Kensington Runestone Park entrance migrates south
A 20-day work plan began on May 24 to move the Kensington Runestone Park entrance. An entirely new road has been cut through the wooded land. Factoring in rainy weather in early June, the project is expected to be wrapped up by the end of the month.
"It will be like walking back into 1898."
Al Lieffort, Douglas County Parks Superintendent
The current entrance near the Olaf Ohman homestead on County Road 103 is being moved south approximately 1,000 feet. Douglas County Parks Superintendent Al Lieffort said the impact on visitors will be minimal.
"We don't expect to close the park at all," Lieffort said. "Instead of driving up the paved entrance next to the barn, visitors will drive up a gravel road 1,000 feet south."
Lieffort hopes plans and funding will allow for paving of the gravel road next year. People will still have access to the discovery site of the Kensington Runestone, barn, picnic shelters and parking area from the gravel road.
The paved surface of the current entrance road will be dug up and removed. Land will be resodded and reforested to create a scene more true to the original homestead.
"We're actually simplifying the entrance," Lieffort said. "We'll have one way in and one way out."
The decision to change the entrance came about because the Kensington Runestone Foundation and surviving members of the Ohman family thought the story of the discovery of the Runestone could be better told by making the location more closely resemble the land from 1898 to 1925.
"It will be like walking back into 1898," Lieffort said.
Eventually a dirt drive will lead up to the home through the area where playground equipment currently sits. The equipment will be relocated to planned picnic sites near the new boardwalk on the 300 plus acre property. A new welcome sign is being constructed out of the sandstone saved from the Keystone Arch Bridge.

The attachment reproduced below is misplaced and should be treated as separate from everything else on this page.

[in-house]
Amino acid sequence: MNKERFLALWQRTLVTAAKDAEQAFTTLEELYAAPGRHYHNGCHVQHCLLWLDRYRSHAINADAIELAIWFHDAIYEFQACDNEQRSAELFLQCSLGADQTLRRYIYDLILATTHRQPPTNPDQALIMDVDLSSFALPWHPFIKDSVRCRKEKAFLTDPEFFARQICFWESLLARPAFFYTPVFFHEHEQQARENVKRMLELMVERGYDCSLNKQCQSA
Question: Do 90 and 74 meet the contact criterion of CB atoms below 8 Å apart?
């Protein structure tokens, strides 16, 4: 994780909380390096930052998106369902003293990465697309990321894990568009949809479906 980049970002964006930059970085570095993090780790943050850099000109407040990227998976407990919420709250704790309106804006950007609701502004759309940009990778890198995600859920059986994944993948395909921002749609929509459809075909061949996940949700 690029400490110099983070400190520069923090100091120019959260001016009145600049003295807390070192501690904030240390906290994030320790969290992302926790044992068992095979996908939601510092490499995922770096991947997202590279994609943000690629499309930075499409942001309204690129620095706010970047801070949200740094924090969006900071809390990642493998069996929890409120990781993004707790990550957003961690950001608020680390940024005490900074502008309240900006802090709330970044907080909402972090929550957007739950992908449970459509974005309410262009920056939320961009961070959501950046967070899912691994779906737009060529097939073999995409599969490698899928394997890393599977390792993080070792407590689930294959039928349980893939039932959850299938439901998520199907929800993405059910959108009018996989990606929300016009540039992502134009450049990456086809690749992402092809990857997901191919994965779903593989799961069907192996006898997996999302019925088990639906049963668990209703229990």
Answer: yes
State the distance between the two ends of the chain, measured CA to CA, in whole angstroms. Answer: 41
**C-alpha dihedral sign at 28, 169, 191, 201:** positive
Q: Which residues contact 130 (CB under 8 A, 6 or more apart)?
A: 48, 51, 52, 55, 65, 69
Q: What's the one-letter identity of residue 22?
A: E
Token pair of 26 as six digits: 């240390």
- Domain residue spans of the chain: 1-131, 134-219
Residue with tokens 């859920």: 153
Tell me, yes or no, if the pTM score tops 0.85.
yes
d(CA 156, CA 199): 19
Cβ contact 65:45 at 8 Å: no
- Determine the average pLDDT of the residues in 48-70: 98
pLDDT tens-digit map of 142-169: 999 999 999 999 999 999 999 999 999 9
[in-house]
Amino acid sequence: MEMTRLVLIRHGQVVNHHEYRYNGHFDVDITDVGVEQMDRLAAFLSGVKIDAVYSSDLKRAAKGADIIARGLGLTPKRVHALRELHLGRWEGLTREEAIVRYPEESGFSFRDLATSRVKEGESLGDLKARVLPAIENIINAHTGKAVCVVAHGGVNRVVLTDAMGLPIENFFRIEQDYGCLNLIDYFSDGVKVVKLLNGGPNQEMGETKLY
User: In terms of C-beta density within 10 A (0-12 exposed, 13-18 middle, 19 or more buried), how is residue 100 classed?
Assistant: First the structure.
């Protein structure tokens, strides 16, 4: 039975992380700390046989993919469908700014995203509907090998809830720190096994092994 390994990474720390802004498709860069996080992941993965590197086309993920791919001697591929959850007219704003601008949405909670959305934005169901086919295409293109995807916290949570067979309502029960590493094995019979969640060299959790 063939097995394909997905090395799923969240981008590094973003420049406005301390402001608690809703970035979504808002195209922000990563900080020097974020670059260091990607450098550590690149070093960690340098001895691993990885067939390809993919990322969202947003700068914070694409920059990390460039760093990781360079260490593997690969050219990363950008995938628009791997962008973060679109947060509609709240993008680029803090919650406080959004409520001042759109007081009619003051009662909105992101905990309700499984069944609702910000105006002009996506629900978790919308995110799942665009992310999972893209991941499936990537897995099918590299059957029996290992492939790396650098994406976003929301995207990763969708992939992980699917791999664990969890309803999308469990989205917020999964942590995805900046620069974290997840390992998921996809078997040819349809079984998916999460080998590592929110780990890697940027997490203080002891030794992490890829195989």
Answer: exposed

"We want to save the natural beauty and enhance it if we can," Lieffort said of the future park plans. There are secluded views and areas in the park where no cell towers or power lines can be seen, Lieffort said. Ideas for the property include pedestrian and bike friendly ways to the park from Kensington and a Discovery Day held at the park.
"There are a dozen stories of what happened out there," Lieffort said. "We want people to hear them all and draw their own conclusions."
The $290,000 entrance project was funded 90 percent by a Legacy Park grant and 10 percent from the county. Visitors can rent the picnic shelters and barn free of charge by reserving the structures with the county parks and recreation office, (320) 762-2966. Lieffort said there are approximately 70 events held at the park each year. Lieffort will be leading a tour group through the site on June 29.
Crystal Dey Crystal Dey is a staff reporter for the Echo Press. Originally from Minnesota's Iron Range, Dey worked for newspapers in North Dakota, Florida and Connecticut before returning to her home state to join the Echo Press in October 2011. Dey studied Mass Communications at Minnesota State University Moorhead with an emphasis in Online Journalism. Follow Staff Reporter Crystal Dey on Twitter at @CrystalDey_Echo.